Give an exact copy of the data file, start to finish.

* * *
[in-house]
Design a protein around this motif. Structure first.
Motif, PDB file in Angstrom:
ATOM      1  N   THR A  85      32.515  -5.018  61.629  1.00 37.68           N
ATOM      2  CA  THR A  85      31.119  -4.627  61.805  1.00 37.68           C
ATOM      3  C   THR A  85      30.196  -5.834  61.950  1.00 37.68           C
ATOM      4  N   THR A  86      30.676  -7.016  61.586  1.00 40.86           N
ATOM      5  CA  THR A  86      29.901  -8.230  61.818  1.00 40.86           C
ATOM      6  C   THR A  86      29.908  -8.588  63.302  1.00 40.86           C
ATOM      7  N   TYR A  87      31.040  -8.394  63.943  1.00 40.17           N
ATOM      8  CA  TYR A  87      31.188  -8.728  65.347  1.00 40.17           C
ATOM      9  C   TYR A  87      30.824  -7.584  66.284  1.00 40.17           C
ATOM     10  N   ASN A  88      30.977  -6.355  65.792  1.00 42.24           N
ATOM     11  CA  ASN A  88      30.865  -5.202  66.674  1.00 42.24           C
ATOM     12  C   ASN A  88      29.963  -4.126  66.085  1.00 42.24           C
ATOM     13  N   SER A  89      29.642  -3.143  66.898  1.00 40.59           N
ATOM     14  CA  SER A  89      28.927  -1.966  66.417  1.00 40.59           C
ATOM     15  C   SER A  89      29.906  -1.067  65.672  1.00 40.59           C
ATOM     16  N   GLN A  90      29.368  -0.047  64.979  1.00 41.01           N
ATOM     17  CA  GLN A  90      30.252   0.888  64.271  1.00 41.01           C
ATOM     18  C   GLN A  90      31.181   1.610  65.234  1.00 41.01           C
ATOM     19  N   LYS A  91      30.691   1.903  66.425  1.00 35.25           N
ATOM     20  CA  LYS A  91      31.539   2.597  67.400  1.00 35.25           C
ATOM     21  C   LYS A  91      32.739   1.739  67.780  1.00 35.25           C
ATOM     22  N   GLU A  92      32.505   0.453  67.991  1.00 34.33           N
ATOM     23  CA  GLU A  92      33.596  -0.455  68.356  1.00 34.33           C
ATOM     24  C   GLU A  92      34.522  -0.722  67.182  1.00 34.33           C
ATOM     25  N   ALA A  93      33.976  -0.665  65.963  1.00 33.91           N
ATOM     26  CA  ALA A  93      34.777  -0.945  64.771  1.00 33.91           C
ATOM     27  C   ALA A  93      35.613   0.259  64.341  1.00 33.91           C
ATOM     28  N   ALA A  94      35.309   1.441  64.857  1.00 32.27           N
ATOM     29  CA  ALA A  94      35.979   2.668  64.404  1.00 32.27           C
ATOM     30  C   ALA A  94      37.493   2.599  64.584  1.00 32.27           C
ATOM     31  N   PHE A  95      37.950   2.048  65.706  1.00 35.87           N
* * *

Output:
[in-house]
Design a protein around this motif. Structure first.
Motif, PDB file in Angstrom:
ATOM      1  N   THR A  85      32.515  -5.018  61.629  1.00 37.68           N
ATOM      2  CA  THR A  85      31.119  -4.627  61.805  1.00 37.68           C
ATOM      3  C   THR A  85      30.196  -5.834  61.950  1.00 37.68           C
ATOM      4  N   THR A  86      30.676  -7.016  61.586  1.00 40.86           N
ATOM      5  CA  THR A  86      29.901  -8.230  61.818  1.00 40.86           C
ATOM      6  C   THR A  86      29.908  -8.588  63.302  1.00 40.86           C
ATOM      7  N   TYR A  87      31.040  -8.394  63.943  1.00 40.17           N
ATOM      8  CA  TYR A  87      31.188  -8.728  65.347  1.00 40.17           C
ATOM      9  C   TYR A  87      30.824  -7.584  66.284  1.00 40.17           C
ATOM     10  N   ASN A  88      30.977  -6.355  65.792  1.00 42.24           N
ATOM     11  CA  ASN A  88      30.865  -5.202  66.674  1.00 42.24           C
ATOM     12  C   ASN A  88      29.963  -4.126  66.085  1.00 42.24           C
ATOM     13  N   SER A  89      29.642  -3.143  66.898  1.00 40.59           N
ATOM     14  CA  SER A  89      28.927  -1.966  66.417  1.00 40.59           C
ATOM     15  C   SER A  89      29.906  -1.067  65.672  1.00 40.59           C
ATOM     16  N   GLN A  90      29.368  -0.047  64.979  1.00 41.01           N
ATOM     17  CA  GLN A  90      30.252   0.888  64.271  1.00 41.01           C
ATOM     18  C   GLN A  90      31.181   1.610  65.234  1.00 41.01           C
ATOM     19  N   LYS A  91      30.691   1.903  66.425  1.00 35.25           N
ATOM     20  CA  LYS A  91      31.539   2.597  67.400  1.00 35.25           C
ATOM     21  C   LYS A  91      32.739   1.739  67.780  1.00 35.25           C
ATOM     22  N   GLU A  92      32.505   0.453  67.991  1.00 34.33           N
ATOM     23  CA  GLU A  92      33.596  -0.455  68.356  1.00 34.33           C
ATOM     24  C   GLU A  92      34.522  -0.722  67.182  1.00 34.33           C
ATOM     25  N   ALA A  93      33.976  -0.665  65.963  1.00 33.91           N
ATOM     26  CA  ALA A  93      34.777  -0.945  64.771  1.00 33.91           C
ATOM     27  C   ALA A  93      35.613   0.259  64.341  1.00 33.91           C
ATOM     28  N   ALA A  94      35.309   1.441  64.857  1.00 32.27           N
ATOM     29  CA  ALA A  94      35.979   2.668  64.404  1.00 32.27           C
ATOM     30  C   ALA A  94      37.493   2.599  64.584  1.00 32.27           C
ATOM     31  N   PHE A  95      37.950   2.048  65.706  1.00 35.87           N